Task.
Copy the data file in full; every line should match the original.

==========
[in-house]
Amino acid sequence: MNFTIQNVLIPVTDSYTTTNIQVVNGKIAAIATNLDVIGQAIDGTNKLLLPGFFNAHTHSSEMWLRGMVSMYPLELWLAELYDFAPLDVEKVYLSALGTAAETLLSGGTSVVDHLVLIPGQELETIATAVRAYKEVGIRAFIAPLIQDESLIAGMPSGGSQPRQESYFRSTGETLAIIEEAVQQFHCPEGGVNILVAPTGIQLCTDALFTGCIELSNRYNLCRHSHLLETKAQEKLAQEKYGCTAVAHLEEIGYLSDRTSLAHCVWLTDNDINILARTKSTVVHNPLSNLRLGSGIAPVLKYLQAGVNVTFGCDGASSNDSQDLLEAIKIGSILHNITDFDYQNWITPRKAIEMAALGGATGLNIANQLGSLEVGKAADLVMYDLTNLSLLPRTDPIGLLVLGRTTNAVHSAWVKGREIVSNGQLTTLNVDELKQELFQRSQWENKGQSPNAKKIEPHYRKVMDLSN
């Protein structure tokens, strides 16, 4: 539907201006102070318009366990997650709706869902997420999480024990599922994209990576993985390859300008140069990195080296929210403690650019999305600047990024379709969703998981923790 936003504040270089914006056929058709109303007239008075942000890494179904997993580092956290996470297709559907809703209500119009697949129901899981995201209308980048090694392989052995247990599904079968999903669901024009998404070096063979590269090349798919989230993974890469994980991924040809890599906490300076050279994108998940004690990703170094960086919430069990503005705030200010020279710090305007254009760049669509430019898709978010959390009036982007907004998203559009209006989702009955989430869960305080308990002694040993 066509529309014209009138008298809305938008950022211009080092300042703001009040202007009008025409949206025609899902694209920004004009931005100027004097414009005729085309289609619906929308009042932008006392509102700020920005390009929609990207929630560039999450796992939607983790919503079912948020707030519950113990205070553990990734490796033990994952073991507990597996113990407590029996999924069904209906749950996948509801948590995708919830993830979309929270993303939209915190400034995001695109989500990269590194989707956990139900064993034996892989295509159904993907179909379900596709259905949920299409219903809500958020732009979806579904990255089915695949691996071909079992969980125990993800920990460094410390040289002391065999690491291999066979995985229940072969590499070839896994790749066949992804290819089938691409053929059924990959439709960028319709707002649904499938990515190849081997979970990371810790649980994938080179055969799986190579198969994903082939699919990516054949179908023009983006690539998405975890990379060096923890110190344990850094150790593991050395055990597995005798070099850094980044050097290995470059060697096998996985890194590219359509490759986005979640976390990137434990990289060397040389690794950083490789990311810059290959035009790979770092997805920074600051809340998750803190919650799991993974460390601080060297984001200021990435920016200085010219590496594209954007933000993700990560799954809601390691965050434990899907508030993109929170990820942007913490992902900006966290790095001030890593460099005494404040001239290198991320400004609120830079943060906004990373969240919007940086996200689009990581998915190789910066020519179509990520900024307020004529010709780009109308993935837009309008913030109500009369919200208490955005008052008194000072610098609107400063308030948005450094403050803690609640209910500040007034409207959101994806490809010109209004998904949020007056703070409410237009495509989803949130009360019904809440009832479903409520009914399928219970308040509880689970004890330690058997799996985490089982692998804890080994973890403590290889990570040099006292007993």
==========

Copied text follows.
[in-house]
Amino acid sequence: MNFTIQNVLIPVTDSYTTTNIQVVNGKIAAIATNLDVIGQAIDGTNKLLLPGFFNAHTHSSEMWLRGMVSMYPLELWLAELYDFAPLDVEKVYLSALGTAAETLLSGGTSVVDHLVLIPGQELETIATAVRAYKEVGIRAFIAPLIQDESLIAGMPSGGSQPRQESYFRSTGETLAIIEEAVQQFHCPEGGVNILVAPTGIQLCTDALFTGCIELSNRYNLCRHSHLLETKAQEKLAQEKYGCTAVAHLEEIGYLSDRTSLAHCVWLTDNDINILARTKSTVVHNPLSNLRLGSGIAPVLKYLQAGVNVTFGCDGASSNDSQDLLEAIKIGSILHNITDFDYQNWITPRKAIEMAALGGATGLNIANQLGSLEVGKAADLVMYDLTNLSLLPRTDPIGLLVLGRTTNAVHSAWVKGREIVSNGQLTTLNVDELKQELFQRSQWENKGQSPNAKKIEPHYRKVMDLSN
């Protein structure tokens, strides 16, 4: 539907201006102070318009366990997650709706869902997420999480024990599922994209990576993985390859300008140069990195080296929210403690650019999305600047990024379709969703998981923790 936003504040270089914006056929058709109303007239008075942000890494179904997993580092956290996470297709559907809703209500119009697949129901899981995201209308980048090694392989052995247990599904079968999903669901024009998404070096063979590269090349798919989230993974890469994980991924040809890599906490300076050279994108998940004690990703170094960086919430069990503005705030200010020279710090305007254009760049669509430019898709978010959390009036982007907004998203559009209006989702009955989430869960305080308990002694040993 066509529309014209009138008298809305938008950022211009080092300042703001009040202007009008025409949206025609899902694209920004004009931005100027004097414009005729085309289609619906929308009042932008006392509102700020920005390009929609990207929630560039999450796992939607983790919503079912948020707030519950113990205070553990990734490796033990994952073991507990597996113990407590029996999924069904209906749950996948509801948590995708919830993830979309929270993303939209915190400034995001695109989500990269590194989707956990139900064993034996892989295509159904993907179909379900596709259905949920299409219903809500958020732009979806579904990255089915695949691996071909079992969980125990993800920990460094410390040289002391065999690491291999066979995985229940072969590499070839896994790749066949992804290819089938691409053929059924990959439709960028319709707002649904499938990515190849081997979970990371810790649980994938080179055969799986190579198969994903082939699919990516054949179908023009983006690539998405975890990379060096923890110190344990850094150790593991050395055990597995005798070099850094980044050097290995470059060697096998996985890194590219359509490759986005979640976390990137434990990289060397040389690794950083490789990311810059290959035009790979770092997805920074600051809340998750803190919650799991993974460390601080060297984001200021990435920016200085010219590496594209954007933000993700990560799954809601390691965050434990899907508030993109929170990820942007913490992902900006966290790095001030890593460099005494404040001239290198991320400004609120830079943060906004990373969240919007940086996200689009990581998915190789910066020519179509990520900024307020004529010709780009109308993935837009309008913030109500009369919200208490955005008052008194000072610098609107400063308030948005450094403050803690609640209910500040007034409207959101994806490809010109209004998904949020007056703070409410237009495509989803949130009360019904809440009832479903409520009914399928219970308040509880689970004890330690058997799996985490089982692998804890080994973890403590290889990570040099006292007993």